The thing about Janet Pete was that he could talk to her about things that were hard to talk about. She wasn't Mary Landon. NO soft, pale hair, no bottomless blue eyes, no talent for making him feel like the ultimate male. But by tomorrow, he thought, he could talk to her about listening to Delbert Nez laughing on the radio. He could talk to her about how the dreadful feeling grew as he sat over his coffee at the Red Rock Trading Post, and waited, and waited, and waited.

    But with Janet Pete having the job of representing Pinto in the murder trial, and Chee's fierce determination to nail him for the murder of his colleague, the two potential lovebirds are butting heads.

    A very classy woman, Chee thought. He felt a wave of affection, and of chauvinistic Navajo pride in her. And more than that, he felt a hunger for her. And a sense of failure. Since the day she'd come to the hospital to see him he'd lost ground with her. He was sure of that. She liked him less now than she did that morning.

    I thought the resolution of this whole problem was BRILLIANTLY done by Hillerman. He exactly captures how miscommunication and misreading of people can lead to strife in a relationship, and also showcases what a good man Chee is and how that is shining through to Janet Pete. Very cute.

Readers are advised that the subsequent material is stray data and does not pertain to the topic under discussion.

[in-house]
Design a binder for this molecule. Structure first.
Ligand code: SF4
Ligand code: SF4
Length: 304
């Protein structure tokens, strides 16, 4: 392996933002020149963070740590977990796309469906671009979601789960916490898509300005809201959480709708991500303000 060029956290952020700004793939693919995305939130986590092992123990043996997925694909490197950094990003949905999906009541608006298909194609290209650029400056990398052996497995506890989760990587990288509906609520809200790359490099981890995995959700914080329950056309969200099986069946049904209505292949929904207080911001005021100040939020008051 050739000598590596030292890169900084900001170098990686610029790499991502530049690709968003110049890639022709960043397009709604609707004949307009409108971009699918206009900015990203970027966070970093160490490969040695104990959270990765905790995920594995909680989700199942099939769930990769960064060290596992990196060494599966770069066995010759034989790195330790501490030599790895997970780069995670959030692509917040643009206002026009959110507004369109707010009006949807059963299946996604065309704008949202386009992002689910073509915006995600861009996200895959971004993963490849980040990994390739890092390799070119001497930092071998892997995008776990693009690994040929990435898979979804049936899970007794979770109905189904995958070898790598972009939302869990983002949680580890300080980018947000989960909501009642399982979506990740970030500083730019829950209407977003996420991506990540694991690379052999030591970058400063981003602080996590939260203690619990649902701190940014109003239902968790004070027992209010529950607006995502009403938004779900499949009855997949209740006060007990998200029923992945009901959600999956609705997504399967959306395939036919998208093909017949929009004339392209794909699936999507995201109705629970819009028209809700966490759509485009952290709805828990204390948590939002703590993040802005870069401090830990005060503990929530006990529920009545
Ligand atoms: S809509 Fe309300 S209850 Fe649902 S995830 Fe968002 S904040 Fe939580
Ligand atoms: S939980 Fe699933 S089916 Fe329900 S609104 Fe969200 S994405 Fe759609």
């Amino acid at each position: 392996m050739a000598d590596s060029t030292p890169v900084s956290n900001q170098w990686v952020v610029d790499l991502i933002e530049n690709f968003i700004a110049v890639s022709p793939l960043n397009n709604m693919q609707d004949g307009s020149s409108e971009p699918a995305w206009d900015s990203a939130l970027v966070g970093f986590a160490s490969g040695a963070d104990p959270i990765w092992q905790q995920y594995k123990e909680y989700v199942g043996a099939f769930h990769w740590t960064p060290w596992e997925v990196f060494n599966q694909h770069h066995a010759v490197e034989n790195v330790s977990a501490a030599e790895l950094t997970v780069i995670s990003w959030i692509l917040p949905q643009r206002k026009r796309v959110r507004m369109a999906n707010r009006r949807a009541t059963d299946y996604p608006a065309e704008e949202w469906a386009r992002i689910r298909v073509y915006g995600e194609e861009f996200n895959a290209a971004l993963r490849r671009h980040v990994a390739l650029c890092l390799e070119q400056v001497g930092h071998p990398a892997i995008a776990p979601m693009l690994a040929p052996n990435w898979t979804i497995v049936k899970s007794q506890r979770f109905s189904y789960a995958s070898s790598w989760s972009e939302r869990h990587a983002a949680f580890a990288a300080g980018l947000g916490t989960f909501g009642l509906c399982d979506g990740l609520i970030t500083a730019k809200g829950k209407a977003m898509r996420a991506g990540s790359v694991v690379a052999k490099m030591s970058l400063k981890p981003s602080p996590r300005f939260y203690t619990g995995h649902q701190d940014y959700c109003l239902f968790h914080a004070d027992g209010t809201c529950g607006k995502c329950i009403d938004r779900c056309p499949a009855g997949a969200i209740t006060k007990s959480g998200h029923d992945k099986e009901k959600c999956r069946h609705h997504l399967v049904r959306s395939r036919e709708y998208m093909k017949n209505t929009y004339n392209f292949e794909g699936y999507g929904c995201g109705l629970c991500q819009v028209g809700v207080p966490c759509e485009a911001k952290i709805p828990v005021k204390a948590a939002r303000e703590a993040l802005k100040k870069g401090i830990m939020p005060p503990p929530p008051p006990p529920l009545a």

Our second love story takes us by surprised as the widowed Leaphorn struggles with depression and a desire to travel.

    When Professor Bourebonette storms into his office, claiming that Pinto is innocent, Leaphorn is curious.

    She's so smart...

    She nodded, agreeing with some inner notion. Leaphorn considered her. What was she thinking? It would be something intelligent, he was sure of that.

    And a good listener...

    Long silences didn't seem to bother her. Unusual in a white.

    And she smells so good...

    He smelled coffee brewing. Professor Bourebonette was wearing a cologne of some sort. The aroma was very, very faint. So faint it might be his imagination.

    Of course, we - the readers, can see what is happening, but our old friend Leaphorn is a little bit slow on the uptake.

    Leaphorn considered whether he would look stupid if he was wrong. It occurred to him that he was showing off. And enjoying it. He considered that. Why would he be showing off? Why enjoying this?

    Sigh. Let's be patient with him. He'll figure it out eventually!

    I won't tell you how this (potential) love story ends, but let me just tell you that I was tickled pink by the ending of this novel. Very exciting.

    Tl;dr - An interesting and captivating mystery. A bonus: two possible love stories for the price of one!

    Is the old man guilty of killing a policeman in a fit of rage?

    Can Chee and Janet Pete keep their budding relationship strong even while on opposite sides of the courtroom?

    Is widower Leaphorn actually noticing another woman!?!?!?!?!?!

    All this and more in the exciting tenth novel by Tony Hillerman!